It Might Finally Be Time To Change How We Talk About Hipsters
The anti-hipster meme is eating itself, this week in the form of DieHipster.com. I dislike hipsters much as the next guy who doesn’t think he’s a hipster, but:
a) as a friend of mine pointed out the other day, at this point we’re keeping hipsters alive by bitching about them, in what’s starting to look more like a default complaint than a meaningful one, and
b) sites like this remind me why hipsters adopted irony and ambivalence as aesthetic modes in the first place. Yes, it’s awful how hipsters appropriate the cultural codes of marginalized groups and turn them into meaningless (or at least ambivalent) masks, but at least they’re not dividing up the world according to some dumb, brute binary, with True, Right People on one side and Bad, Wrong People on the other. From my cursory scan of DieHipster.com, the author seems to long for the days when you could tell a person’s character by which deli they went to:
It really amazes me how these hipsters and yupsters want to erase anything and everything that made Brooklyn and other parts of New York what they are. Everything they participate in, patronize, and put out there in their own media bubble is Anti-Real Brooklyn.
That’s cute and all, but back in the day (and still today) which deli/bar/park/church etc. you went to was as defined as much by socioeconomic status, from class to race to gender and everything in between, as it was by any sort of volition.* This compartmentalization is exactly what the hipster’s appropriation of lower class status symbols was meant to eradicate: by confusing the cultural codes, you couldn’t tell who was rich and who was poor. On the one side, this leads to the lack of sincerity and authenticity that DieHipster.com is bitching about; but on the other it weakens the barriers between categories, and exposes those categories as the deleterious constructs that they are. The first part of that complex is problematic, but I don’t see how it necessarily cancels out the value of the second.
The author of DieHipster.com clearly wants to throw some barriers back up as fast as possible, replacing “real” and “phony” for former criteria. You don’t need to scroll very far down to find the consequences of Us v. Themism. Here’s an anti-hipster rant from Los Angeles, reposted on the site:
I used to have crushes on arty girls, like those that are in abundance in Silverlake and Echo Park. Those girls with their slender, tomboyish figures. Until realizing that this subgroup I refer to as “indie kids” are not like the people I met in college at all.
The full-length post buzzes with anxiety over having discovered a group of people who weren’t like the people the author already knew and approved of; the scribe’s problems with hipsters are less substantive objections than discomfort with the fact that they didn’t match the author’s preconception of them. Sorry if I’m hitting this on the nose or anything, but isn’t that exactly what hipsters are going for?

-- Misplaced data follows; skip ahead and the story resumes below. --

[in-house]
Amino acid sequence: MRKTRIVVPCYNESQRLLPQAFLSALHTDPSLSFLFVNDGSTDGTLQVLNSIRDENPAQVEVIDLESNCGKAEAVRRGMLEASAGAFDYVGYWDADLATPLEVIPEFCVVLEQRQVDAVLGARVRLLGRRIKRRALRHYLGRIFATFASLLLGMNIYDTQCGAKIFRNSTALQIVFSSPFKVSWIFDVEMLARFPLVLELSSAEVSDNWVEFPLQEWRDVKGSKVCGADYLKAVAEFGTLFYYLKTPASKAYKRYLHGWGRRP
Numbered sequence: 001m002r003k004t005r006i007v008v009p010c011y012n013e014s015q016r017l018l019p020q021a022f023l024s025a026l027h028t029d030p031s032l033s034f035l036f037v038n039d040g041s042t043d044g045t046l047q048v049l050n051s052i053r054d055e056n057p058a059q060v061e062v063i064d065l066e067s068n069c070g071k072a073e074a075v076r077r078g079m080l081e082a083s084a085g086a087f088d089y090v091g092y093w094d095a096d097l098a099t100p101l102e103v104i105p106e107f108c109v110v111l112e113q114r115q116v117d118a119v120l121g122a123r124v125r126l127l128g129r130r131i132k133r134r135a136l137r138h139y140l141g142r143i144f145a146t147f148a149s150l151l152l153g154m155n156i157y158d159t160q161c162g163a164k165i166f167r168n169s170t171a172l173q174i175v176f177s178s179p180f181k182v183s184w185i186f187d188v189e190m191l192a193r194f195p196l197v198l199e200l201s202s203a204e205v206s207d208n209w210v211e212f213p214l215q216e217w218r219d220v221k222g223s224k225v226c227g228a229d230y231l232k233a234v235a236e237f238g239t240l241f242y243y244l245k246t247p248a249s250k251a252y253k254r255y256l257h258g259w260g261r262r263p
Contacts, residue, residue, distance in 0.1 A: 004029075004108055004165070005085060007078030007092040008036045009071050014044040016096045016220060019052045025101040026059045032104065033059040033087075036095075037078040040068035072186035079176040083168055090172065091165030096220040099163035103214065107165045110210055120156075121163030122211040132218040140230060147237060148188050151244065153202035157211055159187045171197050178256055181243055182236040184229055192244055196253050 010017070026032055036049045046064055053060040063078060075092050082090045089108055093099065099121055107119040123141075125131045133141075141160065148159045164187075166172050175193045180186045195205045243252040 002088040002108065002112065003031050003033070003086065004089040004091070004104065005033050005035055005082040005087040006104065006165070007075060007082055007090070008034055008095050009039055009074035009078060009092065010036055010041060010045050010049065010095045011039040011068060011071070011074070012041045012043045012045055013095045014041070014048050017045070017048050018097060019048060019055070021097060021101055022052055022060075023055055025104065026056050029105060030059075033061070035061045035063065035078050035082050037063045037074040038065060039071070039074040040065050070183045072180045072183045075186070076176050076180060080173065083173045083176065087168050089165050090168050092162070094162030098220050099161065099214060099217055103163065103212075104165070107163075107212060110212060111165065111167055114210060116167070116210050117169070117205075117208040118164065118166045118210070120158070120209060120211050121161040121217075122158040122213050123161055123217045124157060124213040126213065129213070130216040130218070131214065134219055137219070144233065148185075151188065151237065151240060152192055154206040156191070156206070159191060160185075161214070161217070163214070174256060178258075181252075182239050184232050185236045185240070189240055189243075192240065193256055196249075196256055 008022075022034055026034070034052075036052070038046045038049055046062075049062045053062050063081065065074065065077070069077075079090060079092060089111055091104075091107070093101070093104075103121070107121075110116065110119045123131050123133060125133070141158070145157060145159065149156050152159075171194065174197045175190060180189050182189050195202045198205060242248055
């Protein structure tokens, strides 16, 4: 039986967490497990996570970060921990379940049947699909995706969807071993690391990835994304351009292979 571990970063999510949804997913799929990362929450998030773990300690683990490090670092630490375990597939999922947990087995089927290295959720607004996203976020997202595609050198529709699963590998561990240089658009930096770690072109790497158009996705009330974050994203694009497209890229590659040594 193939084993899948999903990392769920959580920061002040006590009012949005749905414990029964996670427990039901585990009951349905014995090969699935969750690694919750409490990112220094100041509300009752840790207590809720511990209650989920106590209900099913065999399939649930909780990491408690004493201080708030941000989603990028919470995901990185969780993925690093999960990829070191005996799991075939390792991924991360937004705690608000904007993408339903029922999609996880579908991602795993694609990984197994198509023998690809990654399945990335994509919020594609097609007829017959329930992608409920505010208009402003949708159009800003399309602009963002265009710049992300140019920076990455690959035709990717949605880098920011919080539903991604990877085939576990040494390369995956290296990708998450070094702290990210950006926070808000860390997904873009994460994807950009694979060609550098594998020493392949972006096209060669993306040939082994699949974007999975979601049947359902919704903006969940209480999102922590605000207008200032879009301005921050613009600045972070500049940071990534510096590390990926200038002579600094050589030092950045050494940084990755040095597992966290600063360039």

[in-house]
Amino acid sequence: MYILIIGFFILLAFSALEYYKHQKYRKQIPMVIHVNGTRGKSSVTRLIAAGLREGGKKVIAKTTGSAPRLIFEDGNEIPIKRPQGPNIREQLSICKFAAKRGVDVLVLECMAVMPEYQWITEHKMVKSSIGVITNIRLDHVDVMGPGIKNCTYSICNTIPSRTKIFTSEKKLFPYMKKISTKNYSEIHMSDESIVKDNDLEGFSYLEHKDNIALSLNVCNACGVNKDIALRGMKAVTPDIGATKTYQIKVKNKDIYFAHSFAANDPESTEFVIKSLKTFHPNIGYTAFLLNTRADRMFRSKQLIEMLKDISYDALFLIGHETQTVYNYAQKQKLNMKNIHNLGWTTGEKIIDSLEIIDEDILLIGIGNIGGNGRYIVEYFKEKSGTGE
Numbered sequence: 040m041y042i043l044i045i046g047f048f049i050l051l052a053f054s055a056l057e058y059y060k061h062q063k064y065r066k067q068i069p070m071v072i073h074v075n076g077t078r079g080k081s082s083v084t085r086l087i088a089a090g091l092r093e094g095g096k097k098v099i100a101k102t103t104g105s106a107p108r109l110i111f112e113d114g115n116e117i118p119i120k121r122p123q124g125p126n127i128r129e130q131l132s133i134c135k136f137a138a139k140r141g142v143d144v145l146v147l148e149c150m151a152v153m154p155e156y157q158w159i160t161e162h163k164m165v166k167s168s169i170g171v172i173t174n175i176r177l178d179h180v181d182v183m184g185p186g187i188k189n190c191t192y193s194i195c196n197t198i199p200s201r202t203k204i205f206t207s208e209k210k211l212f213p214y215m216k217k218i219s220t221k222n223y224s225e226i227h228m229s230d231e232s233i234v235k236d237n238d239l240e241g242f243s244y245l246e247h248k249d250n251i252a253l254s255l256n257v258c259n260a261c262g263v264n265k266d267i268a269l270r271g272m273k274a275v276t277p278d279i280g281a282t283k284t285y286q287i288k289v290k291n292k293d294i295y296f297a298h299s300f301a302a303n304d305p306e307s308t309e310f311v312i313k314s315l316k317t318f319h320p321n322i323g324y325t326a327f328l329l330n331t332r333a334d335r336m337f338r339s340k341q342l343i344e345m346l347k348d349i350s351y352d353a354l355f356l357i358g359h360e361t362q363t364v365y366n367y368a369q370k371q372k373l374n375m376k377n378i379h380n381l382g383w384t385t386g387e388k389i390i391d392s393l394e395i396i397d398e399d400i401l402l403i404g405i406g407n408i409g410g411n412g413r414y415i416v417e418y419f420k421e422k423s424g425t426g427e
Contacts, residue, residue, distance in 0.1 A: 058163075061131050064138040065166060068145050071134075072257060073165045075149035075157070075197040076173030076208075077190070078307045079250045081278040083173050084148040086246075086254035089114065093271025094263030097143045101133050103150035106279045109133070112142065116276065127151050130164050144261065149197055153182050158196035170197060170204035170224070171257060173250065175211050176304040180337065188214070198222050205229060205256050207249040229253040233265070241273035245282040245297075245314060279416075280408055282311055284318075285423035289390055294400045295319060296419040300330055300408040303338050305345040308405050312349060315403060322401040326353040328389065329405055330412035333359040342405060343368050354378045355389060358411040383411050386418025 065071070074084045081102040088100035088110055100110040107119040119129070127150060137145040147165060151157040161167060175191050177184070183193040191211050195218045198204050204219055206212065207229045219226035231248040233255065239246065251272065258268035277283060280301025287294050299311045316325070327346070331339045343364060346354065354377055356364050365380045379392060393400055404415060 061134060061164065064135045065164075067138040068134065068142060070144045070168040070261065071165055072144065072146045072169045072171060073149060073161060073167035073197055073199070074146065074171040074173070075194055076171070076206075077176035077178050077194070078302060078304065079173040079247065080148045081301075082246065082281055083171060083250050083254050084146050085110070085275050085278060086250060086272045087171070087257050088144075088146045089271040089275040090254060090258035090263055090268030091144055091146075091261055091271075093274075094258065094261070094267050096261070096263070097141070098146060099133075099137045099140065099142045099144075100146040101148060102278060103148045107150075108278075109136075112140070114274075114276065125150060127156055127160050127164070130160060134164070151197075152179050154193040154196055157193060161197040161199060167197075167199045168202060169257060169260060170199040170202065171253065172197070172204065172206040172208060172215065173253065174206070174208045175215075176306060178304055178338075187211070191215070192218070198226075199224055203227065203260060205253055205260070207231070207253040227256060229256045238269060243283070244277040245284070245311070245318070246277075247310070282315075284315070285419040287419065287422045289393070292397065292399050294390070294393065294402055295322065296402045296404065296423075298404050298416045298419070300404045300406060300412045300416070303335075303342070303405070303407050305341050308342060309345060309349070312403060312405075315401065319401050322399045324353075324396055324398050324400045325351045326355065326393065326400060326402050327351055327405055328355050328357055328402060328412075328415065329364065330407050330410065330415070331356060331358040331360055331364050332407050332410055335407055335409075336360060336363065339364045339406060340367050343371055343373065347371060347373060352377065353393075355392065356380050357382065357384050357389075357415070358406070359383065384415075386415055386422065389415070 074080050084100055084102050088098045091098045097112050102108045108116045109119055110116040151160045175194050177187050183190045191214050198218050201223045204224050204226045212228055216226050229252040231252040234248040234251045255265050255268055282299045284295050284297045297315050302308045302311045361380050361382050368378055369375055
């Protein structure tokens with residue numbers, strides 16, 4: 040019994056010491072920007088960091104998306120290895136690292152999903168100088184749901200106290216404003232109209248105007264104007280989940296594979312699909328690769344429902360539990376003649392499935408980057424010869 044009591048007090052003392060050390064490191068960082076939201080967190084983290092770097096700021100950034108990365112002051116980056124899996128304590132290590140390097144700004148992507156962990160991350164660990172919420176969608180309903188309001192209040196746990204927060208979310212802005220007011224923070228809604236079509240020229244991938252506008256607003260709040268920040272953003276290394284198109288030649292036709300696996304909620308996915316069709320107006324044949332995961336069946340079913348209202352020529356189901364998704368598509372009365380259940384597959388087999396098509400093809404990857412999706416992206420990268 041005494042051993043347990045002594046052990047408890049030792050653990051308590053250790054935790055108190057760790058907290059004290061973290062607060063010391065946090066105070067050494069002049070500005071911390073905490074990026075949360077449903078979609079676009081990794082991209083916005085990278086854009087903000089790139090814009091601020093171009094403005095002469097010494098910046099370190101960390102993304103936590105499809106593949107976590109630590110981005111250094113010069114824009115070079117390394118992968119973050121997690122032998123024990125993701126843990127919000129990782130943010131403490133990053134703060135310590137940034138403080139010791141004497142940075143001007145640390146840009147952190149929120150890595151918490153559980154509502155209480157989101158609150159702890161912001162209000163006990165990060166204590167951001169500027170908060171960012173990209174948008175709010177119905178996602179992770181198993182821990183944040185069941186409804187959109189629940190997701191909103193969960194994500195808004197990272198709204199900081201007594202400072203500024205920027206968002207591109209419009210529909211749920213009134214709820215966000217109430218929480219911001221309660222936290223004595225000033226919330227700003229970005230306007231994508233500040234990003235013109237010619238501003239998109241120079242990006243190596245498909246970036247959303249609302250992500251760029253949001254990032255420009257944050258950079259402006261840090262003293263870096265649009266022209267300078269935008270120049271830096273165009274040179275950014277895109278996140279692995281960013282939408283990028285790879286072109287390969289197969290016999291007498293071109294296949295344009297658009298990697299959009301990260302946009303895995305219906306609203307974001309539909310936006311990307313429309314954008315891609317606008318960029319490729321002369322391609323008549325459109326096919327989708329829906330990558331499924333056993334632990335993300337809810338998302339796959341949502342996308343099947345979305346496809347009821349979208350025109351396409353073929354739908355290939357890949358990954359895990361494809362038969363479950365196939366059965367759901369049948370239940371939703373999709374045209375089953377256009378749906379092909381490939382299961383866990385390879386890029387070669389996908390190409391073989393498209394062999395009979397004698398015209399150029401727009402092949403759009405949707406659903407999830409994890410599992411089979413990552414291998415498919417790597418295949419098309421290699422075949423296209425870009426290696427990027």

A counterexample to all this moral polarity came in the form of The Story of Jess and Russ, an atrociously precious wedding site, linked to on HipsterDie.com but first discovered by Drew Magary at Gawker. I gleefully shared the initial Gawker article, which was a feast of savory cynicism, but then something interesting happened: Jessica Hische, the “Jess” of the equation, slapped Gawker right back into place with a smart and earnest response, to the point that the site backed quietly out the room. It turned out there was no right or wrong way to put up a wedding website, and the person who was supposed to have the embodiment of hipster tweeness gave everybody a lesson in class. The hipster label, and the moral binary it was supposed to represent, failed.
DieHipster.com never posted the would-be retraction that Gawker did, because it’s dedicated to that binary, whether the hipster label fits or not. You could find a million real-world rebuttals to its template of the Bad Hipster, and DieHipster.com would ignore them until it found an example that matched, and then would angrily post that example as a justification for the template. Again, I hate hipsters as much as the next guy, but I guess, in the end, I prefer them to close-mindedness. There’s no point in making the anti-hipster meme worse than hipsters themselves.
* Obviously, hipsters, especially of the type that are gentrifying areas in Brooklyn and elsewhere, are creating new problems of socioeconomic segregation, and I don’t mean to imply that there aren’t serious issues created by a largely upper-class aesthetic movement. Sure enough, DieHipster.com is at its best when it focuses solely on issues of gentrification, and how the uneasy tradeoff between the original residents of, say, Fort Greene and the newbies, is elided in press celebrating the opening of a new cocktail bar. But it’s easy—real easy—to bitch about gentrification. It’s much harder to come up with substantive solutions. DieHipster.com doesn’t even try.
Addendum: Do hipsters have labels and enact barriers of their own? Ohhhh yeah. This post ain’t a defense of hipsters.
Addendum 2: There’s a whole separate post to be written about DieHipster.com’s eye-rolling use of the “Decline and Fall” narrative. Somebody should get on that.